CIOs can play a huge role in reversing this trend by establishing a hiring process, work environment, mentoring program and compensation policy that will give the brilliant female minds out there fewer reasons to reject IT. And, the men in IT leadership positions can't sit around waiting for the handful of female CIOs to lead the brigade -- they simply don't have the numbers. Changing this trend will require an industry-wide change in mindset.

 
 
 
 

4 Comments for "Women in IT: Time To Close the Gender Gap"

  • Maggie July 01, 2011 12:29 pm

    I find that younger managers, especially, believe the gender gap is closed, and sexism is no longer an issue. And when specific events are brought to HR, they are stunned to realize they have accepted and even created a hostile work environment. Time off to care for kids is used by both female and male staff, and both men and women bring their kids to work occasionally. I'm very happy that my employer is family-friendly, and I think more employers should do the same.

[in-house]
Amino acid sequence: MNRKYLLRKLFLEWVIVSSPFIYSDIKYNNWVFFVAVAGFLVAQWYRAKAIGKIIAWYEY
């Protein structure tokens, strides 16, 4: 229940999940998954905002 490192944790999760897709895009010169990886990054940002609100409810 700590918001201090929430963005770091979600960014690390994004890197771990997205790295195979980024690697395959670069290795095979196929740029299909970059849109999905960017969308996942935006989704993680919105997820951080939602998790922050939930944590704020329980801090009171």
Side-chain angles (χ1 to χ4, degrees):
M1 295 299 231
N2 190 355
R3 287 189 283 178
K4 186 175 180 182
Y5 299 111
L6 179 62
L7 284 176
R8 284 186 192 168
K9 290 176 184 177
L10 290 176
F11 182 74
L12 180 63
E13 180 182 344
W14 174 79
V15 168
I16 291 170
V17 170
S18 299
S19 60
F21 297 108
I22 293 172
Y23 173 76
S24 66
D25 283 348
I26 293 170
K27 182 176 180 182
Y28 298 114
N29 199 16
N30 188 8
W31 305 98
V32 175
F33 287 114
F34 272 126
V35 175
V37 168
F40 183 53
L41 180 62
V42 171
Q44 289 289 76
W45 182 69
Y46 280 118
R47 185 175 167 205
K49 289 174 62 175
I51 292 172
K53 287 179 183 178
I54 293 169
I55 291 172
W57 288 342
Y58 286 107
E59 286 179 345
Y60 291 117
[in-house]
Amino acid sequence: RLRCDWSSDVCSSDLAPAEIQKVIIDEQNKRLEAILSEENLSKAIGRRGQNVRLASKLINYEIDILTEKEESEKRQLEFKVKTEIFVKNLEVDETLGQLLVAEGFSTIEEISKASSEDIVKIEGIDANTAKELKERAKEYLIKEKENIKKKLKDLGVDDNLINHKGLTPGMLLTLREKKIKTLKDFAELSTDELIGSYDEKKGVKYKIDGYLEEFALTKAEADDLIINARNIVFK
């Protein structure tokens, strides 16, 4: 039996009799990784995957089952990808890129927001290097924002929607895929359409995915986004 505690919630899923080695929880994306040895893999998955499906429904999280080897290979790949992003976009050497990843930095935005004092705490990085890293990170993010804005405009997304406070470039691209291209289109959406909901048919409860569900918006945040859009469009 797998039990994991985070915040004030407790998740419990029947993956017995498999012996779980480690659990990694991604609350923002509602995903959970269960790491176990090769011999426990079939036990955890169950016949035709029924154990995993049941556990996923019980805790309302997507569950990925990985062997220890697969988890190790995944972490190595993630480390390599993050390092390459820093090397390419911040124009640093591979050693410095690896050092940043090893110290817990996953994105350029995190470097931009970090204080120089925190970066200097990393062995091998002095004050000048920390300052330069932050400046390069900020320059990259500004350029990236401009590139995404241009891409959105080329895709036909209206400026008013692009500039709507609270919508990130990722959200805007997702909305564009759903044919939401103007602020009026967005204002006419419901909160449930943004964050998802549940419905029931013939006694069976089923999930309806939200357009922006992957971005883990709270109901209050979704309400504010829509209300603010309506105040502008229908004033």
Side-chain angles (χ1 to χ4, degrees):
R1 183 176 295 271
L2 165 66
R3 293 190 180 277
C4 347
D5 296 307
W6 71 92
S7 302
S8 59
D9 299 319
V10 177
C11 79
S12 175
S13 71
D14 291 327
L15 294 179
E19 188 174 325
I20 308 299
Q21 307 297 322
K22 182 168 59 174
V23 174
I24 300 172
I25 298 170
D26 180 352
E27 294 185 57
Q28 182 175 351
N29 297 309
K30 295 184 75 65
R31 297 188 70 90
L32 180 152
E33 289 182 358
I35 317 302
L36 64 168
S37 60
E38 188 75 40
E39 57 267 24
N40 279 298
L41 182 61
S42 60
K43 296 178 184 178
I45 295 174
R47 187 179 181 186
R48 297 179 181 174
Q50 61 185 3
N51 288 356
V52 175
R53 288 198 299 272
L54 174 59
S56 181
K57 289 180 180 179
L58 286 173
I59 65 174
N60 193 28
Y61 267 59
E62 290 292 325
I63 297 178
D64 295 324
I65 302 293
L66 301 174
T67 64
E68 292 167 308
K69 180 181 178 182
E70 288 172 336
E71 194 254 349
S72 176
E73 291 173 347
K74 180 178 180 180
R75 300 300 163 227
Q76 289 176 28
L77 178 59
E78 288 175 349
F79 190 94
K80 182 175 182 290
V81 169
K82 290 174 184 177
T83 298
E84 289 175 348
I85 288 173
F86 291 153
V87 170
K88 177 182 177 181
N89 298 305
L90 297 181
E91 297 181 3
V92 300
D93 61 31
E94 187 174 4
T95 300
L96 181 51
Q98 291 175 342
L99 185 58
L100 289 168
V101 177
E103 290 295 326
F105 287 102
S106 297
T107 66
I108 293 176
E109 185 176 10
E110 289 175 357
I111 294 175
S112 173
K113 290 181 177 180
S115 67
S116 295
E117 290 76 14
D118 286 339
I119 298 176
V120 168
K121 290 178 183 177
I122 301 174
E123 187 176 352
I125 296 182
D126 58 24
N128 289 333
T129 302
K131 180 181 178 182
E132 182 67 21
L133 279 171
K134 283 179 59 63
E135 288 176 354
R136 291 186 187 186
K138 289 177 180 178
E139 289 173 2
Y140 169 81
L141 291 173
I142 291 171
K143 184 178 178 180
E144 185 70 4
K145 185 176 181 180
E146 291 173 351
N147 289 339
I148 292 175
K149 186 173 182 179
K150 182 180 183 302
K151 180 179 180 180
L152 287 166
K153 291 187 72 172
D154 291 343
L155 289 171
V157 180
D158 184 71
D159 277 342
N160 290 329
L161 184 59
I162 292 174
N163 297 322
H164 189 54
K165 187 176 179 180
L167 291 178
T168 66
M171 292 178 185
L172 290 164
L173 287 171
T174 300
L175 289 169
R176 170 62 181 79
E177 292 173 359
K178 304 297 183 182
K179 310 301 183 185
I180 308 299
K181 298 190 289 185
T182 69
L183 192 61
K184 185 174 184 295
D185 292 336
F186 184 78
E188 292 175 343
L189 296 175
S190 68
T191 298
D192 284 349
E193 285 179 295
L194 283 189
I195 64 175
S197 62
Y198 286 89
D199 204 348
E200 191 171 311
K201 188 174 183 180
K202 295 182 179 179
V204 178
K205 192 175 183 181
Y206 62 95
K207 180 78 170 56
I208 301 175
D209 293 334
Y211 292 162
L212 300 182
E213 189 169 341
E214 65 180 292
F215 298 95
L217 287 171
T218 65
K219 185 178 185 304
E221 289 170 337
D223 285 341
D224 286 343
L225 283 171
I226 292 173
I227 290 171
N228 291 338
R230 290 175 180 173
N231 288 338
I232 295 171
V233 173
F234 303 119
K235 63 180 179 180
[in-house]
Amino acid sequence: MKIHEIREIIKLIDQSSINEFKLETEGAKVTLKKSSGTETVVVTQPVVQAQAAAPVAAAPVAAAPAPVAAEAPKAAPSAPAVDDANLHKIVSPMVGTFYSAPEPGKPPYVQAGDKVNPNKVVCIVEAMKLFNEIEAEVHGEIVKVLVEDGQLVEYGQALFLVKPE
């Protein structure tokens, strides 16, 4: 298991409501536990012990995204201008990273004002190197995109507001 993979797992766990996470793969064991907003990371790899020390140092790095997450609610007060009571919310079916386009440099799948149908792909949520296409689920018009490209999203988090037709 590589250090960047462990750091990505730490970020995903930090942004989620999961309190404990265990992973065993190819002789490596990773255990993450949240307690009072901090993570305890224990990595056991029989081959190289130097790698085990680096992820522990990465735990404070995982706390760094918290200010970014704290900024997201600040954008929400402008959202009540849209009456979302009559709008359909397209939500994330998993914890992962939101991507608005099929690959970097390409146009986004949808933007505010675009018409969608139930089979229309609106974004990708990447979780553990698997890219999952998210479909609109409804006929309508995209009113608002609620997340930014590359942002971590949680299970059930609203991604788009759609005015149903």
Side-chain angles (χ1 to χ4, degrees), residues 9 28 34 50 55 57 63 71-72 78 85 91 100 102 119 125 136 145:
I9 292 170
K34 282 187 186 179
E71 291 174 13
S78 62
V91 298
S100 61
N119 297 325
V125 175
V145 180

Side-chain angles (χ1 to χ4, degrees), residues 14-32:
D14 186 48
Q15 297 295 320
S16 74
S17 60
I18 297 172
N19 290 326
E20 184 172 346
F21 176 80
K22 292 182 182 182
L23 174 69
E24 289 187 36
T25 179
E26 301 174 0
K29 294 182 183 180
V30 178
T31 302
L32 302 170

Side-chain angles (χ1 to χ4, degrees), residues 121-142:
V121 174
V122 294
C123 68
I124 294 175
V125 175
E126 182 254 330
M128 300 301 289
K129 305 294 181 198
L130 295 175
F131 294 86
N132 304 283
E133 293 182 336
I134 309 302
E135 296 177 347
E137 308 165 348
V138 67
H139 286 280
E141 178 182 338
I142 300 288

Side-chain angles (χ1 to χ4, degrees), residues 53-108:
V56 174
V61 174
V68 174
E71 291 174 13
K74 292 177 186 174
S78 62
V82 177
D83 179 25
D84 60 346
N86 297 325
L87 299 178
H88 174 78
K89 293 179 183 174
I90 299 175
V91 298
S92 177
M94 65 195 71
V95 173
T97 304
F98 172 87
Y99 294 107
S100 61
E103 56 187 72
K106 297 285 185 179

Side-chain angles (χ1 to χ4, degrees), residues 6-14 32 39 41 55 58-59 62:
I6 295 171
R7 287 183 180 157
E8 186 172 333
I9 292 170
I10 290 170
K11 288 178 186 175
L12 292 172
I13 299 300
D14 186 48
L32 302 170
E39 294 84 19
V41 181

• Elizabeth May 25, 2011 1:27 pm